How Many Throwers Per Flight or How Many Judges to Hire
The riddle of the number of throwers per flight is not easy to solve as an Athletics Directory (AD) needs to please many people.
Some things the AD may consider are:
- Judging Costs
- The Number of Divisions
- The Number of Events
- Does the event draw a larger number of traveling throwers?
- Flexibility for walk-ons.
- Time Vs Enjoyment
No matter the number of throwers, the games needs to provide a tent, sound system, and announcer. This is the overhead (or cost) a festival shoulders when hosting a Heavy Event Competition. Judging cost is also part of the overhead incurred.
When determining the registration fees, I exclude all overhead so that the registration fee pays part or all of the costs generated by throwers attending the event (t-shirts, lunch, refreshments, …) .
However, the AD also has a responsibility to the festival to control costs, which in turn makes it desirable for the festival to host an athletic event.
In other words cost does factor into the equation of number of throwers in a flight as that impacts the number of judges needed.
Ideal Flight Size
I am not sure if it was John Moore or Merl Lawless or Kevin Rogers, but a rule of thumb passed on to me by Ancient Athletics that works well is:
8 throwers is ideal. 10 is very do able, 12 is starting to get big.
Big flights always take time in the height events. When the Flights has over 15 throwers, the grumbling about time between throws is there for distance events.
Flexibility for Walk-Ons
Does the event get walk-ons? Does the AD want to make space for walk-ons? Do walk-ons throw in a novice flight or C division?
If you pack many throwers into a flight, there will be little room for walk-ons.
Does the event draw a larger number of traveling throwers?
If the event draws many throwers who travel distance to participate, less throwers per flight maybe desired even though this may require more judges.
Smaller throwers per flight allows the athletes to get on the road a bit sooner.
The Number of Events
The AD can get away with larger flights of throwers (less judges) when the number of events are smaller. This is probably most true when one of the events dropped is a height event.
The smaller the number of events contested, the more throwers a flight can handle
The Number of Divisions
If the competition is large enough, the question of the number of judges would be simple. One Judge per division. Unfortunately, life is not that easy with games often combining divisions into one flight (Masters and Lightweights, B’s and Women, ….) as certain divisions do not draw enough throwers to fill a flight.
Combining multiple divisions into a flight will cut costs but decrease flexibility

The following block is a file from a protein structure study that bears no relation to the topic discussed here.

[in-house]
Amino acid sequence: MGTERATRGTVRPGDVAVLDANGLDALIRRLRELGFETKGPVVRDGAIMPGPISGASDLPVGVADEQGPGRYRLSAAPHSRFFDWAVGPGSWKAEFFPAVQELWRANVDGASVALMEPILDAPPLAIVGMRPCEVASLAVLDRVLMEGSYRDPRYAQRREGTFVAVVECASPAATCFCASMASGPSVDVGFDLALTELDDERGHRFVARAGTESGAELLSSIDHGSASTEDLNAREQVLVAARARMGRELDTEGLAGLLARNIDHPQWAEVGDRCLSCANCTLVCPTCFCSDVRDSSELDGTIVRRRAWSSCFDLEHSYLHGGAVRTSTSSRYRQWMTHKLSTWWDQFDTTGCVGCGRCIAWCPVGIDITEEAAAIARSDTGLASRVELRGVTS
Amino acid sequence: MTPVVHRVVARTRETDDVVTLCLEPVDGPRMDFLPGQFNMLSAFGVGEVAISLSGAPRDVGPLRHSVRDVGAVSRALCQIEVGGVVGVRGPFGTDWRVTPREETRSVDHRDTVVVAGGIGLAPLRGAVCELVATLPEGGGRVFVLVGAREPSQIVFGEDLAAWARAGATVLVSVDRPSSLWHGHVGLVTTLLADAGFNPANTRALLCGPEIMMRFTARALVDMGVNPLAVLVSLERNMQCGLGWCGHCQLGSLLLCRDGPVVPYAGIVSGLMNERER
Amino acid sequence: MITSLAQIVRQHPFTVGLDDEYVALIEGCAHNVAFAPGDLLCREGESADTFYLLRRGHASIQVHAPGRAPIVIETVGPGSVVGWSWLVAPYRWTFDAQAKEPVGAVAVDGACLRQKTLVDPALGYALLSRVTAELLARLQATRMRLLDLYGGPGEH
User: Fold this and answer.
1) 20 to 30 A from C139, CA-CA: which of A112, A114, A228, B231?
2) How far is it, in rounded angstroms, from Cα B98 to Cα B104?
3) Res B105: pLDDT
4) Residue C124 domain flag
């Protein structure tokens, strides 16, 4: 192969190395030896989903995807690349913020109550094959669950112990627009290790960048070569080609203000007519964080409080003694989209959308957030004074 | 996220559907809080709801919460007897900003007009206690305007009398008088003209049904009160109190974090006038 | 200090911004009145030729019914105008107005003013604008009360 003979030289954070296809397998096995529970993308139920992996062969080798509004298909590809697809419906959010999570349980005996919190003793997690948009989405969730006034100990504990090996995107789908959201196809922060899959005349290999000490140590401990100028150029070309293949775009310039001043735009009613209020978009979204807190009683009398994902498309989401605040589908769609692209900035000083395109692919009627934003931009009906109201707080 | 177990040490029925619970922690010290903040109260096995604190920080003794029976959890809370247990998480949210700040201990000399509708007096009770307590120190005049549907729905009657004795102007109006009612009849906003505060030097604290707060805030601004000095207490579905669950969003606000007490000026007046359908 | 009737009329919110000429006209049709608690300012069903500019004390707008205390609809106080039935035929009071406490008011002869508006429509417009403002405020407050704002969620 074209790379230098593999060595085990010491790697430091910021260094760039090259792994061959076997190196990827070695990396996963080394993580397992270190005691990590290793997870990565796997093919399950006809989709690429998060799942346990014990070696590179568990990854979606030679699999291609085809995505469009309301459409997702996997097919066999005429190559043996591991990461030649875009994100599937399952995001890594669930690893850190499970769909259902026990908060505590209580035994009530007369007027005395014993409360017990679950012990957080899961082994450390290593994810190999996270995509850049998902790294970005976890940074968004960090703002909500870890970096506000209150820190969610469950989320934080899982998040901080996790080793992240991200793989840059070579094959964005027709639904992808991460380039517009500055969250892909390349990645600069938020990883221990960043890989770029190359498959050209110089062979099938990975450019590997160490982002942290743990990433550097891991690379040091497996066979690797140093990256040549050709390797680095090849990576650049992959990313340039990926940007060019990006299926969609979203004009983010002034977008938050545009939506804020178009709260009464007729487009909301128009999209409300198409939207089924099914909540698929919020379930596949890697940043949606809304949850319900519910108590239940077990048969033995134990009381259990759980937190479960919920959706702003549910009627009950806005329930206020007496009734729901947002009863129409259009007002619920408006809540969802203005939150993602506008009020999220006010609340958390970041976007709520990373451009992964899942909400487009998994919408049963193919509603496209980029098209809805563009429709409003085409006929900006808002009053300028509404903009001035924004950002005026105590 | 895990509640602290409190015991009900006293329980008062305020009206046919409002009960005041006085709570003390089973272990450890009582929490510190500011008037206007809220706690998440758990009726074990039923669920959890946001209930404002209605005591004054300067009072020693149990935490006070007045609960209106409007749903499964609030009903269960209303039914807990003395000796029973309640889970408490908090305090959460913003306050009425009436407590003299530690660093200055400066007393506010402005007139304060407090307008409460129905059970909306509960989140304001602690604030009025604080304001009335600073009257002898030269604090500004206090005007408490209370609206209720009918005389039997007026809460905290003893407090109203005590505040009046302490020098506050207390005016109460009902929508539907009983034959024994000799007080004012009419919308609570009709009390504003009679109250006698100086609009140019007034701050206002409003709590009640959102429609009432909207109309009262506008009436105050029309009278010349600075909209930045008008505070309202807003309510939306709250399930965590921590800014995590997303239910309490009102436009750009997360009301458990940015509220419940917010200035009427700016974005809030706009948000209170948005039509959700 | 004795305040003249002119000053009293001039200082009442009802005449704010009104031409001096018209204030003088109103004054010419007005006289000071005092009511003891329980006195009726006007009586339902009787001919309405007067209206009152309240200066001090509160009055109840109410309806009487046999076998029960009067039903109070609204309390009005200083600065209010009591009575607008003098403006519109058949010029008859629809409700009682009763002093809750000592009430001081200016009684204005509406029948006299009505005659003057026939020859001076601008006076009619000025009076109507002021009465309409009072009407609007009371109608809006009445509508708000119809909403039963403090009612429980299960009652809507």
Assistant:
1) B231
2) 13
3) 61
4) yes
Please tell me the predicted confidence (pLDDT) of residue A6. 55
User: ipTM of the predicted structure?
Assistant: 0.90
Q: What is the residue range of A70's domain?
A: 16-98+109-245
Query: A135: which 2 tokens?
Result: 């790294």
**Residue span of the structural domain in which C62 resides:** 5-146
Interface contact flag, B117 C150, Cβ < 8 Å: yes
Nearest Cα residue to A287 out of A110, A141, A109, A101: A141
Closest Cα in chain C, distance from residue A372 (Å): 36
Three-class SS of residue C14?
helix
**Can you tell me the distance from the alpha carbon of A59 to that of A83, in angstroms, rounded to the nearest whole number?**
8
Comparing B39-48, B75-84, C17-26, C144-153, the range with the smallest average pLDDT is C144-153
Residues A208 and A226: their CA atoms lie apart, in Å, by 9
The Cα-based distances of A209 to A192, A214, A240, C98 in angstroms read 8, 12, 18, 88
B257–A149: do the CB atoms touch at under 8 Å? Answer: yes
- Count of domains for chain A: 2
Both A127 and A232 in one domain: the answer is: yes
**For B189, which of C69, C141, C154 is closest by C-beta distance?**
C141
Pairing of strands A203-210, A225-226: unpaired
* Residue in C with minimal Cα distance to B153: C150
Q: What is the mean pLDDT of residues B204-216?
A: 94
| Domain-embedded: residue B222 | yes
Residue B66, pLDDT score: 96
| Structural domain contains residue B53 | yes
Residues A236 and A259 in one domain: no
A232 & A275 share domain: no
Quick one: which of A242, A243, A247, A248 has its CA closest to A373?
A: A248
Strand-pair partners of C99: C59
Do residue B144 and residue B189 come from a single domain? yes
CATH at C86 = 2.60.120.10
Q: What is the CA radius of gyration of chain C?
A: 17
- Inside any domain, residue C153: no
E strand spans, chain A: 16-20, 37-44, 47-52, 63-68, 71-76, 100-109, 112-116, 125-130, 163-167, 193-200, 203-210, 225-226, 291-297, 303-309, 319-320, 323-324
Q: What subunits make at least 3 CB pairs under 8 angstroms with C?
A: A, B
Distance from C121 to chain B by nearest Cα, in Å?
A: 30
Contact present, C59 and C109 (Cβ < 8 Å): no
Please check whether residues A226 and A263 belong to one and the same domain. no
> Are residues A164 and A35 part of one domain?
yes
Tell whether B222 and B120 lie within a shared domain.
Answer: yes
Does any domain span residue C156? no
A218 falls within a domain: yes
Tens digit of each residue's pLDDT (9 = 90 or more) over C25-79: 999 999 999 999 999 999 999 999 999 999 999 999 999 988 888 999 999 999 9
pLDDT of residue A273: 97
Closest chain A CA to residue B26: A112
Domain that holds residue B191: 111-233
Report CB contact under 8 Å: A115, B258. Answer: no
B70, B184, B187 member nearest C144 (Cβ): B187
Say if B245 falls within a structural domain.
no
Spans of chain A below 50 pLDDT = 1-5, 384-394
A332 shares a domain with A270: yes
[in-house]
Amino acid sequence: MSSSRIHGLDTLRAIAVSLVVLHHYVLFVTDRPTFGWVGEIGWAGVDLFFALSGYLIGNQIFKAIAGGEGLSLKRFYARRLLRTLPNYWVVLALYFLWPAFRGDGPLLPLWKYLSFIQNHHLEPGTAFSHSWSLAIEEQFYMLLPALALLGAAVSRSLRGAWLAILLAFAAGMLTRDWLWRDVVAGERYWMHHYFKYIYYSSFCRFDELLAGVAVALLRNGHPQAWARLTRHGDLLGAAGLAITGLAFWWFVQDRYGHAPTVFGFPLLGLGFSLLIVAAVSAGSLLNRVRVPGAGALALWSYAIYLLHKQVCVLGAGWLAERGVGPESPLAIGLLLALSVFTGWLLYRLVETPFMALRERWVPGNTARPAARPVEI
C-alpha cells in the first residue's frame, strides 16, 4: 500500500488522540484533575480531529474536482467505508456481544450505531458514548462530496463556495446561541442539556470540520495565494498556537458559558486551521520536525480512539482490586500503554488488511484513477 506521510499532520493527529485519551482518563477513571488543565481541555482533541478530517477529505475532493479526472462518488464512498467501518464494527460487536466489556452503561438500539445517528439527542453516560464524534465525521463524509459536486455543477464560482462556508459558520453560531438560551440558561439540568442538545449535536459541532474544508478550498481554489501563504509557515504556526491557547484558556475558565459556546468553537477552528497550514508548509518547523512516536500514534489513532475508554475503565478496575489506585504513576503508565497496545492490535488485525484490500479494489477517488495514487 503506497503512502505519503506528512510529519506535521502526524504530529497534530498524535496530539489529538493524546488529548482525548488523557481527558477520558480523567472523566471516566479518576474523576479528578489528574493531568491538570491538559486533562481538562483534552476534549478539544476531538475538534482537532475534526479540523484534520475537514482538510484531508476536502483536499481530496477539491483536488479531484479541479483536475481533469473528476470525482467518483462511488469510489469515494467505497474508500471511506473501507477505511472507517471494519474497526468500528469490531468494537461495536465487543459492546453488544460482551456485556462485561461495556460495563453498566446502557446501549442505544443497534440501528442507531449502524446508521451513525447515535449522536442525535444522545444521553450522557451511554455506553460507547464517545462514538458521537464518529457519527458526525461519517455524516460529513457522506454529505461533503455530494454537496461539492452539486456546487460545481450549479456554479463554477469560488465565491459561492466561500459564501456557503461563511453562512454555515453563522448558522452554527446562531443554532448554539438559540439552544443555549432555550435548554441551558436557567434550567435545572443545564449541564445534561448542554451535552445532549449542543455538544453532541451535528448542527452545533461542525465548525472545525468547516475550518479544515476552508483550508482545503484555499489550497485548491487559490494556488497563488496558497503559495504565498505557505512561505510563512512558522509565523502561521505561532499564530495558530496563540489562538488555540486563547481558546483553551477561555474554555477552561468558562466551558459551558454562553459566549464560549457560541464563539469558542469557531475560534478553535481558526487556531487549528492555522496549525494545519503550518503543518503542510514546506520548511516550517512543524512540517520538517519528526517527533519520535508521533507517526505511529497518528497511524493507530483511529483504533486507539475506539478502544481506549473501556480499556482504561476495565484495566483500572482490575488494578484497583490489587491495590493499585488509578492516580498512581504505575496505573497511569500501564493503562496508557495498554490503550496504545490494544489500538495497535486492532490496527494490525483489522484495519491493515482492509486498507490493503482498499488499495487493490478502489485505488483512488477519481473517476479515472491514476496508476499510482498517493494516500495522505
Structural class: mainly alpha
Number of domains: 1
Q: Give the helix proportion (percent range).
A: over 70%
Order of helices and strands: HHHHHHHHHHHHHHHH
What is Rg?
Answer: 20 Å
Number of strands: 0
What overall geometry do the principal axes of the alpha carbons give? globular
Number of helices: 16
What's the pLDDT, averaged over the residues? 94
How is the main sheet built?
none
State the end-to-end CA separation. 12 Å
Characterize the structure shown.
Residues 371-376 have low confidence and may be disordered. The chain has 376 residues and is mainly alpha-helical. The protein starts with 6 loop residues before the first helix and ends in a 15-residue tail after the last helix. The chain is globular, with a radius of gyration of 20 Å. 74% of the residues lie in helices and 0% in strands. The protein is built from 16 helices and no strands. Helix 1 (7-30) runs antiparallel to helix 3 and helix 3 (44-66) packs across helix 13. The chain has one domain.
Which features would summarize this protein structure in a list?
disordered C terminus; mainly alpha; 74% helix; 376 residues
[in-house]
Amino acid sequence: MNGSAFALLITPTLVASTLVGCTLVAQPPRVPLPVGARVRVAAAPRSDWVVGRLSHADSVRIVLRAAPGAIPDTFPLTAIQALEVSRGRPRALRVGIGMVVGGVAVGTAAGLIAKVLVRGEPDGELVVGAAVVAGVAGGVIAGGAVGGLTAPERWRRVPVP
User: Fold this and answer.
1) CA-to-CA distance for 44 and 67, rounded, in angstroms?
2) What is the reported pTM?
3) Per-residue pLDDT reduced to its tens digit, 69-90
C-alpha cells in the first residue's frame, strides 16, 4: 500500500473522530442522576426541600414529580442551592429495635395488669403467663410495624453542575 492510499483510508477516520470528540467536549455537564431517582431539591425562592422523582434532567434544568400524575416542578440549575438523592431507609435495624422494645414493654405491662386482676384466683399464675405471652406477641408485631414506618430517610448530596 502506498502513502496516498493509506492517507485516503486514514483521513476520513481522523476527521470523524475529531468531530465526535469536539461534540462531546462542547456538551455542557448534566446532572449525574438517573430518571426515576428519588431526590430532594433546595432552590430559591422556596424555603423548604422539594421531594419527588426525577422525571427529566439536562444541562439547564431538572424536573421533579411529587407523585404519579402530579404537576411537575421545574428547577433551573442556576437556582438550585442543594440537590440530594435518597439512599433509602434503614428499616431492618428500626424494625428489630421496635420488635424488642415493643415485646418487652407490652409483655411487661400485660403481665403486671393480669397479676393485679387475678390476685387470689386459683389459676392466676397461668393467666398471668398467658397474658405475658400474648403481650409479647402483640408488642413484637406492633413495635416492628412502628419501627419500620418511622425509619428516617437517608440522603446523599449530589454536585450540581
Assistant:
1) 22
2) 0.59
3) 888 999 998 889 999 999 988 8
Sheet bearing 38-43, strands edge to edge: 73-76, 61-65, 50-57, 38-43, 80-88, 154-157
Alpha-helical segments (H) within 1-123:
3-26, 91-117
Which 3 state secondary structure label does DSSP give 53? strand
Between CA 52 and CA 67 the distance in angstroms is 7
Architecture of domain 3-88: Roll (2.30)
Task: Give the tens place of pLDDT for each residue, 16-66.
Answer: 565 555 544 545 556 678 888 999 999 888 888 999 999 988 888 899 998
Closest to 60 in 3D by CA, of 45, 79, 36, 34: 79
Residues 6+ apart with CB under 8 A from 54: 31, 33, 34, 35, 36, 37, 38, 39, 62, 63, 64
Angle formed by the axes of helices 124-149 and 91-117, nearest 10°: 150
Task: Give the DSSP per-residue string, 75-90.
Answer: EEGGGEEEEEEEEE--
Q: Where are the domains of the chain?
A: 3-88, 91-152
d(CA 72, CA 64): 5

Time Vs Enjoyment – Height Events
In reality, height-events are the time killer. A large number of throwers in height events make for very long event and a long wait between throws, especially at the earlier heights. A judge can speed the event up by getting help when adjusting the cross bar, but that does not really help that much.
In parts of the Midwest, many games have been using 3’ jumps for the first few rounds of sheaf and 1.5’ jumps for at least the first round of WOB. This separates the wheat from the chaff while allowing most to get a mark. Once the field is down to 4 or 5 throwers, the event goes back to normal jumps. This speeds up the height events with very little complaints from the throwers.
Bigger jumps in height events shortens the time needed and/or may allow more throwers in a flight.
The Judges Role
A good judge keeps on top of the flight and moves them through the event. The better the judge the more efficient the event is run and the more throwers an AD can stuff into a flight. If the judge you hired are not as experienced, keeping the numbers below 12 would help him manage the flight.
Experienced Judges can handle more throwers per flight
Because I cater to throwers who travel in a multi-flight 9 event contest, I often keep the throwers per flight on the smaller side. This gives me the flexibility to take late registrations and walk ons. This gives me a margin of error when combining divisions into a single flight as there often are a few from each division that sign up late.
However, the best laid schemes of mice and men often go awry and I have run a few big flights. If this occurs, think on your feet. If the flight has two division, split them in height events with one doing WOB well the other does sheaf (if throwing pits are open). Often there are throwers in these flights that can be pressed into service for weight events.